At various points in her life, Adela Justice has spent her days working as a librarian and her evenings playing electric bass in bands and volunteering as a Texas reserve deputy. Sometimes she’s also juggled full- and part-time jobs in different libraries.
Justice, a senior librarian at The Learning Center, has a simple explanation for why she’s often kept such a hectic schedule.
“I learned it from my mom. She was a nurse, and she always worked lots of nursing jobs – in an ER, a prison ... even at Astroworld,” she recalls.
One of a kind librarian
Many health care professionals also are musicians on the side. But when you add in the stint as a reserve deputy, Justice’s combination of pursuits seems unusual.
“At one time, I think I was the only librarian/cop/bass player in the world,” she laughs.
A music lover from childhood, Justice attended Houston’s High School for the Performing and Visual Arts and graduated from the University of North Texas in Denton with a bachelor’s degree in music. But when she suffered a hand injury while playing viola in the college symphony, it was time to rethink her career plans.
That’s when library science captured her attention.
“I’ve always loved to read and loved libraries. And the University of North Texas in Denton has one of three accredited library science programs in Texas, so I could even stay at the same school.”
After completing her master’s in library science, Justice moved back home to Houston and started her first professional job. She also revisited music on a part-time basis.
“Houston is a great music city, so I started playing electric bass, mainly blues, and singing in bands.”
Her path to becoming a licensed reserve deputy was a case of turning a negative into a positive.
“I was robbed in my neighborhood, and it made me really angry. I decided I wanted to be part of the solution, so I applied to the Harris County Sheriff’s Office Academy.”
Reserve candidates must complete a year of training and pass the same state licensing exam as regular police officers. Once she met those requirements, Justice spent 10 years working as a deputy for 20 hours each month.
“I went on patrols, did investigations, served warrants – the same things cops do, but on a volunteer basis,” she explains.
Have skills, will travel
Justice’s professional career has included full-time jobs as a reference librarian at the Moody Medical Library in Galveston and a children’s librarian at the Houston Public Library, and part-time librarian positions at the Vet Tech Institute of Houston and the Pasadena Public Library.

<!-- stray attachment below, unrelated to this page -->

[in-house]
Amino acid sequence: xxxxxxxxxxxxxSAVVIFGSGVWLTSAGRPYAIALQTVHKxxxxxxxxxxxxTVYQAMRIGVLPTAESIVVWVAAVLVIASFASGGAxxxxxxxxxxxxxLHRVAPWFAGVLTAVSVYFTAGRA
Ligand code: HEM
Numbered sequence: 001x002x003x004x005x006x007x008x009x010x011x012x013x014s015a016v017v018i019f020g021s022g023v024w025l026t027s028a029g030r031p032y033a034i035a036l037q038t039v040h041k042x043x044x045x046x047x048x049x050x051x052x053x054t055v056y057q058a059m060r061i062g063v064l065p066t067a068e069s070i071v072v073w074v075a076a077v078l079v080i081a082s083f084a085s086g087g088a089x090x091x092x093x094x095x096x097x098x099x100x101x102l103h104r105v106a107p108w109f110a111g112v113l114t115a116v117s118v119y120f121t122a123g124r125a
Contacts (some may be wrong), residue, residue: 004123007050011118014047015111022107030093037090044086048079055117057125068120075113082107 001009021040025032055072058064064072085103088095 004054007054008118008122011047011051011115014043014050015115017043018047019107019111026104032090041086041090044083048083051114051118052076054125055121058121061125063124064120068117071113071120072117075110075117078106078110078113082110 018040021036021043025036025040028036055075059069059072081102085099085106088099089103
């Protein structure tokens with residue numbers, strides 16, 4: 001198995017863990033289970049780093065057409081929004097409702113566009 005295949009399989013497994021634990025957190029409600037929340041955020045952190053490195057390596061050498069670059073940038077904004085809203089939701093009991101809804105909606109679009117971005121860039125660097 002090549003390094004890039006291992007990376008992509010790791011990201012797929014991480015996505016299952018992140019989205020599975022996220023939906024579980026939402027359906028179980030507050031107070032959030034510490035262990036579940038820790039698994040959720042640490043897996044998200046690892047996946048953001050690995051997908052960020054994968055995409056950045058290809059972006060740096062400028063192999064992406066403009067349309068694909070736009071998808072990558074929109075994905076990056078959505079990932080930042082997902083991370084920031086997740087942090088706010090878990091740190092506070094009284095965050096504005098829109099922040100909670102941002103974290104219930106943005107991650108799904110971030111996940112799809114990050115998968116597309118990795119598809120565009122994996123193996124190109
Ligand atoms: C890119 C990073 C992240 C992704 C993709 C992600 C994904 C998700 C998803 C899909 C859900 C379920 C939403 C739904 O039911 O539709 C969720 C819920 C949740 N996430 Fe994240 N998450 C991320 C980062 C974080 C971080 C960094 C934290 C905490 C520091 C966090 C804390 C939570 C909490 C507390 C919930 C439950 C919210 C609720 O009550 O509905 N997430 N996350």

“That’s one of the great things about being a librarian,” she says. “Much like a nurse, your skills transfer to different jobs in different places.”
Before coming to The Learning Center in December, Justice spent 13 years at the Houston Academy of Medicine - Texas Medical Center Library, where the patrons she served were students and other health care professionals.
Helping patients and family members who visit The Learning Center’s three locations has brought a new dimension to her career, Justice says.
“To know you can support someone in their most acute time of information-seeking is really powerful and so rewarding,” she says.
Justice also values the The Learning Center’s employees’ diverse backgrounds.
“We have four librarians and four patient educators. That’s an unusual combination, and we have a wonderful synergy,” she says.
Justice’s other passions are teaching and sharing her knowledge with both patients and peers.
“I enjoy teaching our new patient/family orientation classes, and I love to present at conferences,” she says.
When she’s not focusing her time and energy on her career, Justice stays busy as mom to 3-year-old son Laurenzo.
“When he was born, I had five different jobs. But he’s like 18 different jobs that you can’t quit,” she laughs.
Justice is taking a break from performing for now to spend time with Laurenzo. She loves to share her passion for music with him, and the two enjoy attending performances together. The toddler already loves to pound on his drums at home.
“Who knows? Maybe someday he and I will play in a band together.”
This story originally appeared in Messenger, MD Anderson’s bimonthly employee publication.